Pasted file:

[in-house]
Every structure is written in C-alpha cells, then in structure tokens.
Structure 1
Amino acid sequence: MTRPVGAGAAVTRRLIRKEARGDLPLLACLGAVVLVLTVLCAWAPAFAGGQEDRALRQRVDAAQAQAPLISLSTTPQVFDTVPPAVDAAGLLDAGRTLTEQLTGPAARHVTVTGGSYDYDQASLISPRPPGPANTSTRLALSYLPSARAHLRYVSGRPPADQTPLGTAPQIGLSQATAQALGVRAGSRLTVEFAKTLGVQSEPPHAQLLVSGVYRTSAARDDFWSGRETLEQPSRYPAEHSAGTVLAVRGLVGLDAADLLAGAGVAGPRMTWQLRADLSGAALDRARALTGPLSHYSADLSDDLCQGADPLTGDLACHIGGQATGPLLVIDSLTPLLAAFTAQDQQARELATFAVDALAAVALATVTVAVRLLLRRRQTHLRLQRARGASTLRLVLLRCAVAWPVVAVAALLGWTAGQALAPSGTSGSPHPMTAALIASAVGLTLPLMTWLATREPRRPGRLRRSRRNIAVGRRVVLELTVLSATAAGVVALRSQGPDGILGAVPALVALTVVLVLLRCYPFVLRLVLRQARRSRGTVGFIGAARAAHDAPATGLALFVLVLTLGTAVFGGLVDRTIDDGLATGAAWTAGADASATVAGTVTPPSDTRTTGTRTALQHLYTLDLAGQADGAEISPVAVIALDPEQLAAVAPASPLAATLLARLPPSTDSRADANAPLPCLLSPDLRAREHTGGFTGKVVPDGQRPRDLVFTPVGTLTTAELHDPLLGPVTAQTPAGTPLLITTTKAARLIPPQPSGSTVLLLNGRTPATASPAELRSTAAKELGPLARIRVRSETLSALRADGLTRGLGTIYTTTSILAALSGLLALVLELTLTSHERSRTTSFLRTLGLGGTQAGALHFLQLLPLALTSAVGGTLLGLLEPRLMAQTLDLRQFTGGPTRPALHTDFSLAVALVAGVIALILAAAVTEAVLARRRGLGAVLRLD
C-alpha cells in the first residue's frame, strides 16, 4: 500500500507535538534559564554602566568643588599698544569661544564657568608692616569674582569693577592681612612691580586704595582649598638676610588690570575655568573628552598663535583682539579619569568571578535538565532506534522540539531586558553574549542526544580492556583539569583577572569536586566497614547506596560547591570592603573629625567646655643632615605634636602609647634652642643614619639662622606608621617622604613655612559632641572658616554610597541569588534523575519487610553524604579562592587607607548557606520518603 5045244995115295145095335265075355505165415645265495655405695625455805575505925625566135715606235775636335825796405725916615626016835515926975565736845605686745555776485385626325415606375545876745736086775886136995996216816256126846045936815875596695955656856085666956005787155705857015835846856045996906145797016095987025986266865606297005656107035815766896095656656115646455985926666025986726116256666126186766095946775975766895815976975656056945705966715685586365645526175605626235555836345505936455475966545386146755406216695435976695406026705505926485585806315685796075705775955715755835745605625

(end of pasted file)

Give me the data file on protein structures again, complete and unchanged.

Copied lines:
[in-house]
Every structure is written in C-alpha cells, then in structure tokens.
Structure 1
Amino acid sequence: MTRPVGAGAAVTRRLIRKEARGDLPLLACLGAVVLVLTVLCAWAPAFAGGQEDRALRQRVDAAQAQAPLISLSTTPQVFDTVPPAVDAAGLLDAGRTLTEQLTGPAARHVTVTGGSYDYDQASLISPRPPGPANTSTRLALSYLPSARAHLRYVSGRPPADQTPLGTAPQIGLSQATAQALGVRAGSRLTVEFAKTLGVQSEPPHAQLLVSGVYRTSAARDDFWSGRETLEQPSRYPAEHSAGTVLAVRGLVGLDAADLLAGAGVAGPRMTWQLRADLSGAALDRARALTGPLSHYSADLSDDLCQGADPLTGDLACHIGGQATGPLLVIDSLTPLLAAFTAQDQQARELATFAVDALAAVALATVTVAVRLLLRRRQTHLRLQRARGASTLRLVLLRCAVAWPVVAVAALLGWTAGQALAPSGTSGSPHPMTAALIASAVGLTLPLMTWLATREPRRPGRLRRSRRNIAVGRRVVLELTVLSATAAGVVALRSQGPDGILGAVPALVALTVVLVLLRCYPFVLRLVLRQARRSRGTVGFIGAARAAHDAPATGLALFVLVLTLGTAVFGGLVDRTIDDGLATGAAWTAGADASATVAGTVTPPSDTRTTGTRTALQHLYTLDLAGQADGAEISPVAVIALDPEQLAAVAPASPLAATLLARLPPSTDSRADANAPLPCLLSPDLRAREHTGGFTGKVVPDGQRPRDLVFTPVGTLTTAELHDPLLGPVTAQTPAGTPLLITTTKAARLIPPQPSGSTVLLLNGRTPATASPAELRSTAAKELGPLARIRVRSETLSALRADGLTRGLGTIYTTTSILAALSGLLALVLELTLTSHERSRTTSFLRTLGLGGTQAGALHFLQLLPLALTSAVGGTLLGLLEPRLMAQTLDLRQFTGGPTRPALHTDFSLAVALVAGVIALILAAAVTEAVLARRRGLGAVLRLD
C-alpha cells in the first residue's frame, strides 16, 4: 500500500507535538534559564554602566568643588599698544569661544564657568608692616569674582569693577592681612612691580586704595582649598638676610588690570575655568573628552598663535583682539579619569568571578535538565532506534522540539531586558553574549542526544580492556583539569583577572569536586566497614547506596560547591570592603573629625567646655643632615605634636602609647634652642643614619639662622606608621617622604613655612559632641572658616554610597541569588534523575519487610553524604579562592587607607548557606520518603 5045244995115295145095335265075355505165415645265495655405695625455805575505925625566135715606235775636335825796405725916615626016835515926975565736845605686745555776485385626325415606375545876745736086775886136995996216816256126846045936815875596695955656856085666956005787155705857015835846856045996906145797016095987025986266865606297005656107035815766896095656656115646455985926666025986726116256666126186766095946775975766895815976975656056945705966715685586365645526175605626235555836345505936455475966545386146755406216695435976695406026705505926485585806315685796075705775955715755835745605625